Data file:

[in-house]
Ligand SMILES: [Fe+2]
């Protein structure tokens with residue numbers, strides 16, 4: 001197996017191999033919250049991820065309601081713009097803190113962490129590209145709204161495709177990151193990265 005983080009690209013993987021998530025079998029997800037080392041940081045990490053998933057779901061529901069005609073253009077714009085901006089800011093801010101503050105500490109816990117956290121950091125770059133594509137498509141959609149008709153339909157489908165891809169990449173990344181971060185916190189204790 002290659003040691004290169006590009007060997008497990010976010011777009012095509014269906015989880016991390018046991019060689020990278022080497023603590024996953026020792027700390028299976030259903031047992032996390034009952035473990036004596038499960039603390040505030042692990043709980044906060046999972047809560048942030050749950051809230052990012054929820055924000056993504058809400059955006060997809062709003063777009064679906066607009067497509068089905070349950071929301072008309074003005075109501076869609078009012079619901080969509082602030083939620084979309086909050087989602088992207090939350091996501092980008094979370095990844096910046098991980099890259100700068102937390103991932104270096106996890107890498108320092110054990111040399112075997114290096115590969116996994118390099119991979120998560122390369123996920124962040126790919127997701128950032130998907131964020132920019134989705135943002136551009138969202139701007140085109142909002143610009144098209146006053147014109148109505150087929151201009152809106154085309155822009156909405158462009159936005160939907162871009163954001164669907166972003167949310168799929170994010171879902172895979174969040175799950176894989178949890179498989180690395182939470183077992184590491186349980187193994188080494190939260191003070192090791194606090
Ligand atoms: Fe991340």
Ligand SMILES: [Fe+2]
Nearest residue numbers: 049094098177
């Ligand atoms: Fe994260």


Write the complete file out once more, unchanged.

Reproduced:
[in-house]
Ligand SMILES: [Fe+2]
């Protein structure tokens with residue numbers, strides 16, 4: 001197996017191999033919250049991820065309601081713009097803190113962490129590209145709204161495709177990151193990265 005983080009690209013993987021998530025079998029997800037080392041940081045990490053998933057779901061529901069005609073253009077714009085901006089800011093801010101503050105500490109816990117956290121950091125770059133594509137498509141959609149008709153339909157489908165891809169990449173990344181971060185916190189204790 002290659003040691004290169006590009007060997008497990010976010011777009012095509014269906015989880016991390018046991019060689020990278022080497023603590024996953026020792027700390028299976030259903031047992032996390034009952035473990036004596038499960039603390040505030042692990043709980044906060046999972047809560048942030050749950051809230052990012054929820055924000056993504058809400059955006060997809062709003063777009064679906066607009067497509068089905070349950071929301072008309074003005075109501076869609078009012079619901080969509082602030083939620084979309086909050087989602088992207090939350091996501092980008094979370095990844096910046098991980099890259100700068102937390103991932104270096106996890107890498108320092110054990111040399112075997114290096115590969116996994118390099119991979120998560122390369123996920124962040126790919127997701128950032130998907131964020132920019134989705135943002136551009138969202139701007140085109142909002143610009144098209146006053147014109148109505150087929151201009152809106154085309155822009156909405158462009159936005160939907162871009163954001164669907166972003167949310168799929170994010171879902172895979174969040175799950176894989178949890179498989180690395182939470183077992184590491186349980187193994188080494190939260191003070192090791194606090
Ligand atoms: Fe991340």
Ligand SMILES: [Fe+2]
Nearest residue numbers: 049094098177
């Ligand atoms: Fe994260």